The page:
A solvency deficit means that, if the pension plan were closed up today, it would not be able to pay all of the benefits it owes to the plan’s members. As of August 31, 2013, the Queen’s Pension Plan (QPP) had a solvency deficit of $292 million.
Like many other pension plans across Canada, the QPP was severely impacted by the global financial crisis of 2008. The solvency deficit is, in part, a product of that crisis. Negative investment returns in 2008 and 2009, combined with the very low interest rates that continue today, have put us into a situation where the plan’s liabilities – what it owes to current and future retirees – exceed the value of its assets – the amount of money in the plan.
With a large solvency deficit, Queen’s is facing the need to make significant additional payments into its pension plan. Under Ontario’s existing rules, Queen’s is required to make special payments to cover any solvency shortfall beginning in 2015. At the current valuation of the pension plan, the university would have to make additional special payments of roughly $22 million annually for a period of 10 years. That represents 6.5 % of the university’s salary base and would bring total university pension contributions to nearly 20 % of salary.
These payments would need to be absorbed into departmental budgets and would mean a significant impact on the university’s operations. All units across the university are being asked to plan for the impact of these payments as part of the 2015-16 budget planning process.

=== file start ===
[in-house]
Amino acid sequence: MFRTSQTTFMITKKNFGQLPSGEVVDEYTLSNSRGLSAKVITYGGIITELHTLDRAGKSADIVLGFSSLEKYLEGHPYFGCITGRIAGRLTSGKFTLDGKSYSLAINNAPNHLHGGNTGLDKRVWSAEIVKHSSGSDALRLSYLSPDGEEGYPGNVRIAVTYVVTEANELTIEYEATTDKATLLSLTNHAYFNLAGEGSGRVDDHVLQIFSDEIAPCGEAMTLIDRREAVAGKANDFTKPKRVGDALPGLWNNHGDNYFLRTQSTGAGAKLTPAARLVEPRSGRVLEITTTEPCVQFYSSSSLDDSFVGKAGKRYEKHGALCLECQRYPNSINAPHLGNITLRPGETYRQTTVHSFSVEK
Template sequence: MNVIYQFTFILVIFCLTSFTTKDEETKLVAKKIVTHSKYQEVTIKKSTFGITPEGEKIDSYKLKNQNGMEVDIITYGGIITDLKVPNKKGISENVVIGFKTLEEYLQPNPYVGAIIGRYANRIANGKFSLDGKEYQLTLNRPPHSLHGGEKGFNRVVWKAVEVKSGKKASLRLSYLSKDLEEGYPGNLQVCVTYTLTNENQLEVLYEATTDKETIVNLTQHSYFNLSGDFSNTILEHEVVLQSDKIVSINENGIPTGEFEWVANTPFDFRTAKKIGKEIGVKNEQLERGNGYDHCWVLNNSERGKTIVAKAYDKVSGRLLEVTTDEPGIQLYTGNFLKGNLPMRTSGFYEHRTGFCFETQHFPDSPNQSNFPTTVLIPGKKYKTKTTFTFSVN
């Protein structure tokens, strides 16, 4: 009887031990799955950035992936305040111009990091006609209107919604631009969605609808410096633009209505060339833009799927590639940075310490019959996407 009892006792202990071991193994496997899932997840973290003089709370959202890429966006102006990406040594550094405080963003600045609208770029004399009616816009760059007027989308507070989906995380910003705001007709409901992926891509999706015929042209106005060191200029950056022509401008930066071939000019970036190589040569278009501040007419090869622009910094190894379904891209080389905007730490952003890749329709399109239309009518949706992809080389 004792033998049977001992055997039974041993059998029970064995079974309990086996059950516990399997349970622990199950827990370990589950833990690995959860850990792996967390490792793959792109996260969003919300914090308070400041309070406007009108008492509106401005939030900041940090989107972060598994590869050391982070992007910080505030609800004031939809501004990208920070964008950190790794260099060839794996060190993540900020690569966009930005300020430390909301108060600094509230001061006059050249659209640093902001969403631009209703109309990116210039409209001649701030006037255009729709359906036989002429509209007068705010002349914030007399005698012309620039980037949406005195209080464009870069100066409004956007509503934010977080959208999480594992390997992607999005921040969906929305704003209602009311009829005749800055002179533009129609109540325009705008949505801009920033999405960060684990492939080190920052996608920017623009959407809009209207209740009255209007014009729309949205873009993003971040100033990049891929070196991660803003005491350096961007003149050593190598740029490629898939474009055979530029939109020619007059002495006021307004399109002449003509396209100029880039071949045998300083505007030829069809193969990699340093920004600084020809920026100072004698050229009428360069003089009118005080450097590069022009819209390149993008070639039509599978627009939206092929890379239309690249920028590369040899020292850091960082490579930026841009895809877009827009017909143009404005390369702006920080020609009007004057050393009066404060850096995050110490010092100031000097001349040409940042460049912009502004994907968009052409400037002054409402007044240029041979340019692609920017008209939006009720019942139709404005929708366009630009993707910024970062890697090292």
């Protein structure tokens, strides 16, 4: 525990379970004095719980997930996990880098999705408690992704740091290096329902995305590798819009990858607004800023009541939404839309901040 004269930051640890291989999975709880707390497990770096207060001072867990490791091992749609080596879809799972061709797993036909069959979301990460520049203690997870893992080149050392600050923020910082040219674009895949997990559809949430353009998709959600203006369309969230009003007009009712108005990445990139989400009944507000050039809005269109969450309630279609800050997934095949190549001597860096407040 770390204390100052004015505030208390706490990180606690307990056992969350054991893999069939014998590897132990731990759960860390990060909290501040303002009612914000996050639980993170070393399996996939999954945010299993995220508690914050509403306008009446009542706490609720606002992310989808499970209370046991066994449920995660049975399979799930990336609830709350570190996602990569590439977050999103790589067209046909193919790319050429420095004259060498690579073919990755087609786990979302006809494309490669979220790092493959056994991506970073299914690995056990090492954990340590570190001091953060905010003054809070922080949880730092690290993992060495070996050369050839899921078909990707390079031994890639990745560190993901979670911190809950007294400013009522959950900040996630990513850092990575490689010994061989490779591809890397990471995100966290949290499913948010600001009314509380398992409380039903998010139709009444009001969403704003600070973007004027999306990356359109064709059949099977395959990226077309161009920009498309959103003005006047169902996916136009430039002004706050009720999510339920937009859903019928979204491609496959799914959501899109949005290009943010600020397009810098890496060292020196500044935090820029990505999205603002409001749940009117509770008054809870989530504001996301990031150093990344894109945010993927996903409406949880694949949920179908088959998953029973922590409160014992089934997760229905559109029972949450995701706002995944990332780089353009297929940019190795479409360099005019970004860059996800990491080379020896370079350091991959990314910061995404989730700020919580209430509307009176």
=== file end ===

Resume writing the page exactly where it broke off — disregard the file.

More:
The only way Queen’s can avoid having to make special solvency payments completely would be to move to a jointly sponsored pension plan (JSPP) in which the requirement to make such payments is waived.
The colleges' pension plan (CAAT) has approached a number of universities (including Queen's) with an offer to merge with their existing JSPP, which if permitted by enabling legislation could lead to a permanent solvency funding exemption. Ultimately, the ability for Queen’s and other single employer pension plans to transfer to a JSPP will require legislative change by the government of Ontario.
The proposed 2014 Ontario budget included enabling legislation that would have permitted the government to create regulations setting out the procedures and requirements for such a transfer to a JSPP in order to take advantage of a permanent solvency exemption.
Ultimately, a transfer to a multi-employer pension plan like CAAT will create a more sustainable pension plan with stable contributions, shared employer-employee governance, and other benefits for plan members.
The Council of Ontario Universities is also undertaking a process to consider the creation of a JSPP for the university sector in Ontario.
It is important to note that if any of these options is eventually pursued, changes to the plan would not reduce benefits that active members have already earned, nor would there be any impact on pensions in payment.
For more information, or to ask questions related to your specific pension situation, please contact Bob Weisnagel, Director, Pensions & Insurance, by email or by phone at ext. 74184.